(This is more a post that I want to come back to read everytime I feel I am getting sucked into the education system. So, it’s more a #NoteToSelf post than anything else!)
Someone shared this article on my timeline today – The New PreSchool is Crushing Kids and it resonated with me like a very few other things do. It’s not just PreSchool that is ‘crushing’ kids in my opinion; it’s the entire **use some strong expletive here** education system that I’ve seen here in the last two years. I am missing the Waldorf school back home more than my mom.
Have you seen the Corelle dinnerware set that you find in every friend’s place you visit? Eight dinner plates. Six bowls. Six blue coffee mugs. And, six small plates. All, white in color with a light blue design lining the white. That’s exactly how this system, the school, the teachers and most of the parents are moulding our children to be. Kids are treated more like products from a factory assembly line than human beings.
Your child is in second grade and is it the month of December? Then, she/he should be at **this** reading level. If not, she/he should be tutored. Your child is in second grade and still counts with fingers? Tutoring, because they have to know so much by such and such a date. Are they actual human kids or are they some pack of chips that need to adhere to a certain standard?
And then, we have the farce called ‘gifted and talented’ kids. I think I’ve ranted on this earlier on Twitter. Here’s what I wrote – ‘There’s something troubling me about what I see here in the US. A kind of a trend in the schooling and education system. It’s the ‘Talented and Gifted Program’. It’s kind of jarring that elementary school kids need to be tested and branded separately as ‘knowing better than others’. But it is not just that that is troubling me. I am even ok with the fact that there could be kids with higher IQ levels who might get bored and might want more complex stuff to learn as compared to others. What really gets me mad is that there are parents who send their kids to tuitions and Kumon classes and some such to ‘make’ them gifted. And I am talking about 6 year olds who ought to be running and jumping and biking and generally having fun rather than preparing to pretend as gifted. It makes me sad that we have such a crappy system to grade our children. It makes me angry to think of the childhood that is forfeited at the cost of producing ‘gifted’ children. More than that, it makes me feel helpless and scared to think that one day I’d be made to inflict the same thing on my kids. Sigh. Rant over. Good night!’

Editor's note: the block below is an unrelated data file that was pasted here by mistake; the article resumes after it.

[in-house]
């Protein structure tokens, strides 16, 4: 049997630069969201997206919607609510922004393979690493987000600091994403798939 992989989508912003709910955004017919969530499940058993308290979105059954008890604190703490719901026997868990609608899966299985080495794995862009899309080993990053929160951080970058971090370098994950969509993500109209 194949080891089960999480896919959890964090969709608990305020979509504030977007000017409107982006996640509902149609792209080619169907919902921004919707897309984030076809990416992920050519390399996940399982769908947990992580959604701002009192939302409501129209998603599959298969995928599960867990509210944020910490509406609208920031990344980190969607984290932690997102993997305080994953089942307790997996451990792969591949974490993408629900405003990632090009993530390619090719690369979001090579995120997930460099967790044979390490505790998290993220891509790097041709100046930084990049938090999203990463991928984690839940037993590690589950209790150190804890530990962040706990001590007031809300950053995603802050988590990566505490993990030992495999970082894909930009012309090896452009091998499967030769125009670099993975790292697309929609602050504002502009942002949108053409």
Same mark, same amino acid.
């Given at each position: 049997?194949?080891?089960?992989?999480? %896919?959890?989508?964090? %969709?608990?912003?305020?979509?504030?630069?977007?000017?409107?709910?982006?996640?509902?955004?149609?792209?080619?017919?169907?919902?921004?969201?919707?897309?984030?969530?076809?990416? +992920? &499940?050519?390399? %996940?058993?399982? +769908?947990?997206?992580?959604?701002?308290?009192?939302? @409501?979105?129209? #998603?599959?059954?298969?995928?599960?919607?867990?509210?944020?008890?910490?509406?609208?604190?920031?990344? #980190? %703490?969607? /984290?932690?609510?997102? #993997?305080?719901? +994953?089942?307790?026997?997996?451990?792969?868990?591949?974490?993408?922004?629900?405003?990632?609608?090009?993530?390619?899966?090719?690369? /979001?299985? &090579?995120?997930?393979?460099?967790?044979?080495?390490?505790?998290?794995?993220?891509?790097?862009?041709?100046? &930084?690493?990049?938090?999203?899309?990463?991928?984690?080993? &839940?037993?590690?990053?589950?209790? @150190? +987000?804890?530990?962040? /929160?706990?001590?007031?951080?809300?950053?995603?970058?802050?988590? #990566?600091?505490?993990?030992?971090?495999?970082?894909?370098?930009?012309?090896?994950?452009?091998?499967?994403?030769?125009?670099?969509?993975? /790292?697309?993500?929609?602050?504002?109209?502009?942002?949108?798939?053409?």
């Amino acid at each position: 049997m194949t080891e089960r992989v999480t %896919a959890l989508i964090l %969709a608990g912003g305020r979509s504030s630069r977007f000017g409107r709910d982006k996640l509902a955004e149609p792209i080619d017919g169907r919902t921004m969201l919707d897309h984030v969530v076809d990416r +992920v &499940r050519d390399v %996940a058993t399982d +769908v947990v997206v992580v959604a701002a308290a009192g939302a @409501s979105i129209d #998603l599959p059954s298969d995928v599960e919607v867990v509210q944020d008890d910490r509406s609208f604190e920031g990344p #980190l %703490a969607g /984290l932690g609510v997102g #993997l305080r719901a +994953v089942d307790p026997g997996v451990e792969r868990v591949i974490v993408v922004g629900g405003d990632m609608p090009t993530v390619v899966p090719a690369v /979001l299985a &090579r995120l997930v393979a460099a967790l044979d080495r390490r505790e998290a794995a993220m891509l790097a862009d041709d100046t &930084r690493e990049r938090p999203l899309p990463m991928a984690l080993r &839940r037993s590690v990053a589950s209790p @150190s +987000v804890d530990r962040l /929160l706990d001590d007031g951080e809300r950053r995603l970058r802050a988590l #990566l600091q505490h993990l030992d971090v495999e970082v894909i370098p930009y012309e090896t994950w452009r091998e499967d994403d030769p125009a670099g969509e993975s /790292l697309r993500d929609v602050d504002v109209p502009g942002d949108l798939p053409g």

There was a time last year when I worried about my kids not falling in line with the other kids. Worried about them feeling left out from the crowd. Worried about them getting lesser grades. Worried about me being sucked into the system not knowing I was already knee deep into it. Come to think of it, worried is such a small word. I obsessed over these things.
On one such days when I lost my mind and sleep over this, the husband asked me something. ‘Do you think I turned out okay?’ I looked at him in confusion. ‘What?’ ‘Do you think I turned out okay, academically?’ ‘Are you kidding me? Aren’t you a rank holder in CA exams?’ ‘So listen.. I was in my sixth grade and had failed in two subjects. My parents were called and given a ‘talking to’ by the teacher. But then, I did turn out well when I got to do something I liked, didn’t I?’ I won’t lie that my anxiety vanished completely on listening to ‘this talk’ but it definitely made me feel better.
And then, we had to move to New Jersey. Where the system is even more shite. Where the ‘standards’ are much higher than Dallas. Where the parents are even more competitive. Where my kids are not doing even as ‘on par with other kids’ as in Dallas. And surprisingly, I am calmer than before.
Probably, it’s a temporary feeling of calmness which will give way to anxiety in some time. (I really don’t want this to happen!) Probably, it’s the talk with the husband that I try to keep in mind. Probably, and most probably because I’ve stopped giving too much importance to the system. Surely, the system can make successful kids but can it make happy kids?